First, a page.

This is topic My screenplay for in forum Books, Films, Food and Culture at Hatrack River Forum.

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Posted by Chris Bridges (Member # 1138) on :
After years of mocking, criticizing, and Armchair Directing the movies of other people, I am now paying for my sins by writing my own screenplay for the ScriptFrenzy challenge: write a 20,000 word screenplay in the month of June.

The working title, which will change as soon I come up with a better, is "The Stolen Fairy Tale," and people interested in following its progress can check it out here (just click on Screenplay to read it). I'll be updating at least daily.

Feel free to mock away; karma is a wonderful thing.
Posted by Shawshank (Member # 8453) on :
Very nice Chris. Nothing to mock- I love it thus far.
Posted by mr_porteiro_head (Member # 4644) on :
20,000 words -- what does that come out to? A standard-length movie? A TV episode?
Posted by Leonide (Member # 4157) on :
I adore this, Chris. It's so very you.

A little thing I noticed: most of the time the children's book author is referred to as "Peter St. Lucy," but at one point (towards the end, when Marla is talking about him) she called him "Peter St. John." Just an fyi [Smile]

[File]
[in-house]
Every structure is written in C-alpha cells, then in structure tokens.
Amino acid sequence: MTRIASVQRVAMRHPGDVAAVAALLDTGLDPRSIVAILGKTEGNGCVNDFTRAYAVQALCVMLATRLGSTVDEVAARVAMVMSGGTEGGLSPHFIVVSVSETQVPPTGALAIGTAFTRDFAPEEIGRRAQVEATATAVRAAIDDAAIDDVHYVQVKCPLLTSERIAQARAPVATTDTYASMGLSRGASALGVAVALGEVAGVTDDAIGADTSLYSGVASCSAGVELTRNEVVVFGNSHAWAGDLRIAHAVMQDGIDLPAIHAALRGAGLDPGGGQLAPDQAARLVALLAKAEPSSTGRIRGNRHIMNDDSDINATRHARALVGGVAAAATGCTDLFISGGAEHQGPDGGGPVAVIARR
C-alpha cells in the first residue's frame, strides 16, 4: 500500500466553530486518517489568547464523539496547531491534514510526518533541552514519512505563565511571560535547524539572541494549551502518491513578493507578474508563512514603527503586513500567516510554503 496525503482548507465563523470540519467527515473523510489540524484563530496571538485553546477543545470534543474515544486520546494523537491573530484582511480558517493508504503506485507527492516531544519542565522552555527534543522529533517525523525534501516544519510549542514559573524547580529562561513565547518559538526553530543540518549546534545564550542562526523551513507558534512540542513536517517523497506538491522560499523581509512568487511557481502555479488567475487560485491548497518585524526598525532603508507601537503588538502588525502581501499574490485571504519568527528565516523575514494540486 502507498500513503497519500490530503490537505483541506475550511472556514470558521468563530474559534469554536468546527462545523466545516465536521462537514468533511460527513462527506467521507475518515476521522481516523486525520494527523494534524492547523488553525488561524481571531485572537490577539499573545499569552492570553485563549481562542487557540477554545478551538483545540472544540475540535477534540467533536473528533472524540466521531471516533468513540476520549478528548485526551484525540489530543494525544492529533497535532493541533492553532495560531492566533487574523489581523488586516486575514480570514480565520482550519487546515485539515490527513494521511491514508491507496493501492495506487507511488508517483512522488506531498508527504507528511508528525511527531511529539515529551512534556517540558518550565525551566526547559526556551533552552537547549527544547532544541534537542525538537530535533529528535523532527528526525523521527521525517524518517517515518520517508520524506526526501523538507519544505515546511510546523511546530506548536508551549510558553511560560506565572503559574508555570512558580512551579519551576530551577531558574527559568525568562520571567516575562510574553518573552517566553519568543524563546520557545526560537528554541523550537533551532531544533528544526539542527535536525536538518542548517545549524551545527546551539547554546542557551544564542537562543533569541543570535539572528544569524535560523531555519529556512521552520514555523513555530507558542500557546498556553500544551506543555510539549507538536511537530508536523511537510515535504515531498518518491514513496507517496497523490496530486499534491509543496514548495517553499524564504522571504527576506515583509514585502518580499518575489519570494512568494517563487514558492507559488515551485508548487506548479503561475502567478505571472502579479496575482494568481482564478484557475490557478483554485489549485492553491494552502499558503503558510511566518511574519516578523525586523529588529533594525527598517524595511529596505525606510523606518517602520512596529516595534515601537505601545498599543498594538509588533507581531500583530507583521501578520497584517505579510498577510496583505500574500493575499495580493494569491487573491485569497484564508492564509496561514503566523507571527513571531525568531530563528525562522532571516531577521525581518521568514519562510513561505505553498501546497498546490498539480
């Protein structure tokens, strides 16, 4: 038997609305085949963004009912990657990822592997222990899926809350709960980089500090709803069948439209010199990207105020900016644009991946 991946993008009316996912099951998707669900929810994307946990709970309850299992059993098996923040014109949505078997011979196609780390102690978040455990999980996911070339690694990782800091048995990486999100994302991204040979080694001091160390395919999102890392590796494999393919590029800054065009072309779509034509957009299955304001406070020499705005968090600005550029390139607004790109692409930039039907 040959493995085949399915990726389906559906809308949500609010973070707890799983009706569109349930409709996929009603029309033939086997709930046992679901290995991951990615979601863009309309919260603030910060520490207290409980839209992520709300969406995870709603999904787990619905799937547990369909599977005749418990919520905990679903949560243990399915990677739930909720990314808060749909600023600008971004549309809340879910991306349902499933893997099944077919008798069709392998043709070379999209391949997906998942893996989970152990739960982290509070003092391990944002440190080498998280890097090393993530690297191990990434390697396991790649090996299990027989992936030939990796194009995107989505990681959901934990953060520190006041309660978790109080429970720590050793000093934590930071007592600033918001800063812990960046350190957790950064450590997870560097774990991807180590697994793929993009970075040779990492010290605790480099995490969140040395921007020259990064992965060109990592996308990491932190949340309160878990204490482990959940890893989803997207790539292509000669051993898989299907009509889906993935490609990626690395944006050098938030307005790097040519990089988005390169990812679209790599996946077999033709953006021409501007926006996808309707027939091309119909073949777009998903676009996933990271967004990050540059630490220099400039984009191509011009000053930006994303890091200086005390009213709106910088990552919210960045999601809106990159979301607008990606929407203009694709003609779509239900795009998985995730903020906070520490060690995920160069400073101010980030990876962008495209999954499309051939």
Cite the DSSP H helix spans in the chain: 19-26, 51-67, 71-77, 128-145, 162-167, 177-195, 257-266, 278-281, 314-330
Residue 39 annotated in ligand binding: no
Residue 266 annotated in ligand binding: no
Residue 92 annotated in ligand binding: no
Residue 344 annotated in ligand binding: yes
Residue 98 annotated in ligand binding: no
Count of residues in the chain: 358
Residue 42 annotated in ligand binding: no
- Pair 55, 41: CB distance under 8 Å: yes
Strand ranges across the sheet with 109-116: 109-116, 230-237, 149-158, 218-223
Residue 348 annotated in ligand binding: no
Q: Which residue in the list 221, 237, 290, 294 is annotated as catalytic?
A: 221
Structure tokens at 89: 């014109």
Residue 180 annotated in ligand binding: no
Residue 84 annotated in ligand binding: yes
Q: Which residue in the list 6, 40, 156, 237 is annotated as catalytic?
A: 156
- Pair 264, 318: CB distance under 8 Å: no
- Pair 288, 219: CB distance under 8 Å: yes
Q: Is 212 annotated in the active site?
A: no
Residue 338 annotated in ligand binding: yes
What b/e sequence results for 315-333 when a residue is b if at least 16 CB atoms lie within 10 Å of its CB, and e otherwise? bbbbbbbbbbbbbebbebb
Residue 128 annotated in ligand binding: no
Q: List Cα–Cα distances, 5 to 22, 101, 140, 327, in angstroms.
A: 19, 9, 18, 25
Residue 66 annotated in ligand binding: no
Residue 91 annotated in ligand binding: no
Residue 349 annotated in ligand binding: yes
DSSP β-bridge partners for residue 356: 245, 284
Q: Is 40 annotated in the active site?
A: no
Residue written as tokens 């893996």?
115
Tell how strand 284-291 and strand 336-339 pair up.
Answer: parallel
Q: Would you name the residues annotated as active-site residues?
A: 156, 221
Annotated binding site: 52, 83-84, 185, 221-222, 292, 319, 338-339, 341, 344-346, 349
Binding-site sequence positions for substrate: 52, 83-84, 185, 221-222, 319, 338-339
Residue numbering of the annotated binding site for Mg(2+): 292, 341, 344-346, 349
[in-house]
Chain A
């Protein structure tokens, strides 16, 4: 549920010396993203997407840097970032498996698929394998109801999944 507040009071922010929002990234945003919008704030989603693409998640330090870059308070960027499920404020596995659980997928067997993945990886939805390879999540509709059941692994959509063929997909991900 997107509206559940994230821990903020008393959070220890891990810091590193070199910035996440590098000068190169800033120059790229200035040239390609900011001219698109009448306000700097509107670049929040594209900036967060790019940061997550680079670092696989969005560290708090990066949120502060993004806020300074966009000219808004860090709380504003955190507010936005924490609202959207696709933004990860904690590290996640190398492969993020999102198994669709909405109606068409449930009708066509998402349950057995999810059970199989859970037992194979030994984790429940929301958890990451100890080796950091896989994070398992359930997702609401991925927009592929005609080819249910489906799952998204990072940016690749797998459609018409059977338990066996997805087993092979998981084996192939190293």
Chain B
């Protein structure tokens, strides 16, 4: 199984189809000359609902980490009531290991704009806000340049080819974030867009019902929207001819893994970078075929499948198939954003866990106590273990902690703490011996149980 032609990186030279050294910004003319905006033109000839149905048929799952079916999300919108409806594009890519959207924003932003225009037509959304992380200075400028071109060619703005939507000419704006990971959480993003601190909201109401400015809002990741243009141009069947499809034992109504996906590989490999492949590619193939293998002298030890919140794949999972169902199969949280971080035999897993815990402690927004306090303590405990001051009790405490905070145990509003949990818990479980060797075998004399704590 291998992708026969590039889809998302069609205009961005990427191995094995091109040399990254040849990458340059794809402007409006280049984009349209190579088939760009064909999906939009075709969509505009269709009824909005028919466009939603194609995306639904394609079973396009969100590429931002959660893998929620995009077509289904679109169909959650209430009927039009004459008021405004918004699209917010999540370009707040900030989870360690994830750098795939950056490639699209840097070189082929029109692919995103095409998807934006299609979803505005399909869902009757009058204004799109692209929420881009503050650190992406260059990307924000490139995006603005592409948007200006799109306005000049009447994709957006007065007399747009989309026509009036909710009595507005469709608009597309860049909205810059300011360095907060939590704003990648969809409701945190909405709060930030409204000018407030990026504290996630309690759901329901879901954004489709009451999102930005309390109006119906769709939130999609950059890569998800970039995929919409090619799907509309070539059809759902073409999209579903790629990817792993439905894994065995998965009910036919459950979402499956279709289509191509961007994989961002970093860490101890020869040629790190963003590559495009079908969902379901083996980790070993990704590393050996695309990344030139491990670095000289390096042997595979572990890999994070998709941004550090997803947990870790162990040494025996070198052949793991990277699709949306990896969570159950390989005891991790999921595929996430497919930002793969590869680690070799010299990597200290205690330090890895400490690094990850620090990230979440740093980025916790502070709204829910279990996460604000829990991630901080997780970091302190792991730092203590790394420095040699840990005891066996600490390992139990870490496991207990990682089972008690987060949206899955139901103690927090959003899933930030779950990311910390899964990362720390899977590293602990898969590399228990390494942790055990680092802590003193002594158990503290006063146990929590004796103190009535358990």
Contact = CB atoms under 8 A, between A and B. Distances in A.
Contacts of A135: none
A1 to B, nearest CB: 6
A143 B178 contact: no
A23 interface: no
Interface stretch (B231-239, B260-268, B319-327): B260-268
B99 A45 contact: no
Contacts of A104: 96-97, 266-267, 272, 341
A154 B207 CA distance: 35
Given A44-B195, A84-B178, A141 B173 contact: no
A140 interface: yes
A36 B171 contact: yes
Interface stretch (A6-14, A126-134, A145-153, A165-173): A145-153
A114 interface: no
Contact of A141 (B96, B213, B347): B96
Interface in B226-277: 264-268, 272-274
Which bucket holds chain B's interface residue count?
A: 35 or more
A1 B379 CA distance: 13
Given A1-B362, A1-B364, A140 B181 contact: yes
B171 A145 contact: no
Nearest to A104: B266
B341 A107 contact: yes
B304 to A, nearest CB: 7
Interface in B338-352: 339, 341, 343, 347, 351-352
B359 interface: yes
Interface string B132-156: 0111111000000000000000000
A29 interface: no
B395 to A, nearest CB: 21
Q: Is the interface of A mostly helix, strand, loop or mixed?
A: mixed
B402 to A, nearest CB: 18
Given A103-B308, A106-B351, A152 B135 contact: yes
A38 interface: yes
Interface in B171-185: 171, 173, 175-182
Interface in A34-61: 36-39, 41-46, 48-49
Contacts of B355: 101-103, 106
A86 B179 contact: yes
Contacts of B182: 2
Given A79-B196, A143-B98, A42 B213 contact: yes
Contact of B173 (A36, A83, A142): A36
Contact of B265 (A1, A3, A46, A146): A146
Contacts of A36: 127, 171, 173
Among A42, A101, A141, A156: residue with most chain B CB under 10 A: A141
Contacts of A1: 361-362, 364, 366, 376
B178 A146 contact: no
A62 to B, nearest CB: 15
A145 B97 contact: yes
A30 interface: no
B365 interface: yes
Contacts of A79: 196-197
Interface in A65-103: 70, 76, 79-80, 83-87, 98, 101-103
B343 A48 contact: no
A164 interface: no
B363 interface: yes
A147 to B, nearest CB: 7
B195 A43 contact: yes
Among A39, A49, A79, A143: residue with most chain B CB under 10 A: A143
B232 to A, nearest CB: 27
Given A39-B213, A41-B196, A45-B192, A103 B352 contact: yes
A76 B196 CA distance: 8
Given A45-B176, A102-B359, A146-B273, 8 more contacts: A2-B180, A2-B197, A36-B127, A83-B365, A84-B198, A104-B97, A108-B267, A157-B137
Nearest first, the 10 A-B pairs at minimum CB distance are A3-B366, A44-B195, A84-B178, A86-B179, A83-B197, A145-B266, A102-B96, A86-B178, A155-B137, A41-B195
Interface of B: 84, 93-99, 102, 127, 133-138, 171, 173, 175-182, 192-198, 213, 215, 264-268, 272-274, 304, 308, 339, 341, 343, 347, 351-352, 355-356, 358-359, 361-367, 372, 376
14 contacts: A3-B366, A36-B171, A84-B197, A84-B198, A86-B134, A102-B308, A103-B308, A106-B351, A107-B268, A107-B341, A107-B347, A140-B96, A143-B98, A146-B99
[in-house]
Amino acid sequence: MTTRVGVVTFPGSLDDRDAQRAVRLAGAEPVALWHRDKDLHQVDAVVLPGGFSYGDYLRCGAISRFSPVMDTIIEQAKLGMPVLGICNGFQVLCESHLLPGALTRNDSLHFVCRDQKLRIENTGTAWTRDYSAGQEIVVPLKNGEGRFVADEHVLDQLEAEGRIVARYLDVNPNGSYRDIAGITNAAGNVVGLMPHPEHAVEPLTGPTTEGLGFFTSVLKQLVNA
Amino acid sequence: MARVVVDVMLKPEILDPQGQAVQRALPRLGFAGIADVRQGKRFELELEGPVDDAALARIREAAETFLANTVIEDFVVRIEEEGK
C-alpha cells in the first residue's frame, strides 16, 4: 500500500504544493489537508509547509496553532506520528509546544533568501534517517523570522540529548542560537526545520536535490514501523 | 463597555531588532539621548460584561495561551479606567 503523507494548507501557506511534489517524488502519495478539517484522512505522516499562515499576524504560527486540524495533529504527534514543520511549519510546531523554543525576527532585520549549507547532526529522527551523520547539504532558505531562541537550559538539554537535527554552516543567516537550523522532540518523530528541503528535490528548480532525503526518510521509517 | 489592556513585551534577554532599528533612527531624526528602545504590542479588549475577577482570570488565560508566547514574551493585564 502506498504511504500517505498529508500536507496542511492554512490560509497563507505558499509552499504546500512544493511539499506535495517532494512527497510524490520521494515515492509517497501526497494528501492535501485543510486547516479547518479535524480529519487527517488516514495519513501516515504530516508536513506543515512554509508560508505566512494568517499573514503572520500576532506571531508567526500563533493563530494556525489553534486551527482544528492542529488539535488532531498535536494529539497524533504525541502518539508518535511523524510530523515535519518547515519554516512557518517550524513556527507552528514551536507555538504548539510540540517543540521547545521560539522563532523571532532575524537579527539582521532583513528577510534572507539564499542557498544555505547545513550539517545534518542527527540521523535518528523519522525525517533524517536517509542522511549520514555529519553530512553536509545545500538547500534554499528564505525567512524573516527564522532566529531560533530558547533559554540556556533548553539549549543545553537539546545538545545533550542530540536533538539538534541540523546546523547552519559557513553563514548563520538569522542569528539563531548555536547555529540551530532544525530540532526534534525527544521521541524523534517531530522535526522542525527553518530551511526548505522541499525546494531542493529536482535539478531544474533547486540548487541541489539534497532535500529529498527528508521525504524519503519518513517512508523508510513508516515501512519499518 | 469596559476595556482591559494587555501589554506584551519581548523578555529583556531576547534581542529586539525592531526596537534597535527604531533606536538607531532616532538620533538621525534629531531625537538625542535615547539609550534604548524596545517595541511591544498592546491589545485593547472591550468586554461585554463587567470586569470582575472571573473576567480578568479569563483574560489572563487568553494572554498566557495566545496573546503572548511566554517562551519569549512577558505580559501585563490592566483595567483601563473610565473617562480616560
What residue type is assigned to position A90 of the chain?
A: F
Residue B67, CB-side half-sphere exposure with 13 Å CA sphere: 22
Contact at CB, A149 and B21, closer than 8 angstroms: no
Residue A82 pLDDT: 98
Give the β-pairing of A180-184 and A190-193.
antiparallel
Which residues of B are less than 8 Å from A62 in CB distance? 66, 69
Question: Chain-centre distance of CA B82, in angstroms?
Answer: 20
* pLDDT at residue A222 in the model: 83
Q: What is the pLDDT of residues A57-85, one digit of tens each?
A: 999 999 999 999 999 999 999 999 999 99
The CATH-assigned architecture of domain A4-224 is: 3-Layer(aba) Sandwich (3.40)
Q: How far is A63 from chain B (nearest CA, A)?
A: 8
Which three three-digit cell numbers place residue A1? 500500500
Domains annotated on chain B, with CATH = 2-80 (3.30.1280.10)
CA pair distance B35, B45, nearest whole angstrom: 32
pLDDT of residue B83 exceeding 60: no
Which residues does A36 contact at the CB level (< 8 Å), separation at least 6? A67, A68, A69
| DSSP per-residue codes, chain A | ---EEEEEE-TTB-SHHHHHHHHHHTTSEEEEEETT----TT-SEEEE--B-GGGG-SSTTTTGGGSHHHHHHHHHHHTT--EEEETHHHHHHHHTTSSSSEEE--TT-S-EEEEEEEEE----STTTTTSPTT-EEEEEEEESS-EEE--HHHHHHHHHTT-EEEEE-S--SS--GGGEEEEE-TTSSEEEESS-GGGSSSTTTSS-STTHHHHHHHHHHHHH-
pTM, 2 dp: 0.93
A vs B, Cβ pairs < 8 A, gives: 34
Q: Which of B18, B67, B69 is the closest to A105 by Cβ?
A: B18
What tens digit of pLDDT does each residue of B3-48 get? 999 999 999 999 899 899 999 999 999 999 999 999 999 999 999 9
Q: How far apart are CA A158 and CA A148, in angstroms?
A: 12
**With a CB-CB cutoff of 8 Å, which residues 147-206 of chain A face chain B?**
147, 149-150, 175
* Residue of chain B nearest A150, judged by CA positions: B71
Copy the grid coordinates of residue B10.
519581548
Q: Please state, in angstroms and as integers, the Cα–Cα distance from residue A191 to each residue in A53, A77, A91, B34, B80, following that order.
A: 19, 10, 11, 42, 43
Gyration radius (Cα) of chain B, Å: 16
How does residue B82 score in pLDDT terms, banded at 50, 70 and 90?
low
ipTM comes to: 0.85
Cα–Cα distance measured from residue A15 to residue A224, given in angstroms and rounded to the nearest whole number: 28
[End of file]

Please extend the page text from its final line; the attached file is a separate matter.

Posted by rivka (Member # 4859) on :
Originally posted by Shawshank:
Very nice Chris. Nothing to mock- I love it thus far.

Posted by Chris Bridges (Member # 1138) on :
mph - that's an average full-length movie screenplay length.

"Being John Malkovich" - 20,294
"Cast Away" - 27,041
"Fargo" - 16,989
"Gross Point Blanke" - 19,158
"The Princess Bride" - 22,258

Leonide - thanks!
Posted by SteveRogers (Member # 7130) on :
I might do this next year...
Posted by Puffy Treat (Member # 7210) on :
I like it. I like it a lot.
Posted by mr_porteiro_head (Member # 4644) on :
Forgive my ignorance, but isn't it the stereotype that there's already a glut of screenplays in Hollywood, so much so that if you've written one, the biggest obstacle is to get somebody to even bother to read it? Is there truth to that?
Posted by Puffy Treat (Member # 7210) on :